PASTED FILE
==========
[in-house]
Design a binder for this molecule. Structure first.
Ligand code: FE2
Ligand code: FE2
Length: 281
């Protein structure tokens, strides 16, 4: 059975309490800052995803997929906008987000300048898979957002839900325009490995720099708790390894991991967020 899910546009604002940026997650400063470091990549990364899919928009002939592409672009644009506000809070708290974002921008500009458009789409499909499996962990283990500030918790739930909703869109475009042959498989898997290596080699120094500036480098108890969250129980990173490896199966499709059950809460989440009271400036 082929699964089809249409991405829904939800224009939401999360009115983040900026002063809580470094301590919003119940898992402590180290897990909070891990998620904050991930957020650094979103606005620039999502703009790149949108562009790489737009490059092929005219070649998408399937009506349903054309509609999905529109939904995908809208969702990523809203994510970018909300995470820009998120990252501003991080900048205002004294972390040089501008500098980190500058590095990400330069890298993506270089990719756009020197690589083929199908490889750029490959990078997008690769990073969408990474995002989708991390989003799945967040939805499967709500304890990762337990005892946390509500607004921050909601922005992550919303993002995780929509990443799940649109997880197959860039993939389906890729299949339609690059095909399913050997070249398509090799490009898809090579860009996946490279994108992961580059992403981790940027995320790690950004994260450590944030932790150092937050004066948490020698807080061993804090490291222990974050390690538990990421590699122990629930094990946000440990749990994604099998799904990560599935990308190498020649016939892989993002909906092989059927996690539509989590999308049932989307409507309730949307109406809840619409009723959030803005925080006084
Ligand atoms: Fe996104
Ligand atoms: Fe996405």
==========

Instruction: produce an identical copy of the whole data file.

[in-house]
Design a binder for this molecule. Structure first.
Ligand code: FE2
Ligand code: FE2
Length: 281
């Protein structure tokens, strides 16, 4: 059975309490800052995803997929906008987000300048898979957002839900325009490995720099708790390894991991967020 899910546009604002940026997650400063470091990549990364899919928009002939592409672009644009506000809070708290974002921008500009458009789409499909499996962990283990500030918790739930909703869109475009042959498989898997290596080699120094500036480098108890969250129980990173490896199966499709059950809460989440009271400036 082929699964089809249409991405829904939800224009939401999360009115983040900026002063809580470094301590919003119940898992402590180290897990909070891990998620904050991930957020650094979103606005620039999502703009790149949108562009790489737009490059092929005219070649998408399937009506349903054309509609999905529109939904995908809208969702990523809203994510970018909300995470820009998120990252501003991080900048205002004294972390040089501008500098980190500058590095990400330069890298993506270089990719756009020197690589083929199908490889750029490959990078997008690769990073969408990474995002989708991390989003799945967040939805499967709500304890990762337990005892946390509500607004921050909601922005992550919303993002995780929509990443799940649109997880197959860039993939389906890729299949339609690059095909399913050997070249398509090799490009898809090579860009996946490279994108992961580059992403981790940027995320790690950004994260450590944030932790150092937050004066948490020698807080061993804090490291222990974050390690538990990421590699122990629930094990946000440990749990994604099998799904990560599935990308190498020649016939892989993002909906092989059927996690539509989590999308049932989307409507309730949307109406809840619409009723959030803005925080006084
Ligand atoms: Fe996104
Ligand atoms: Fe996405």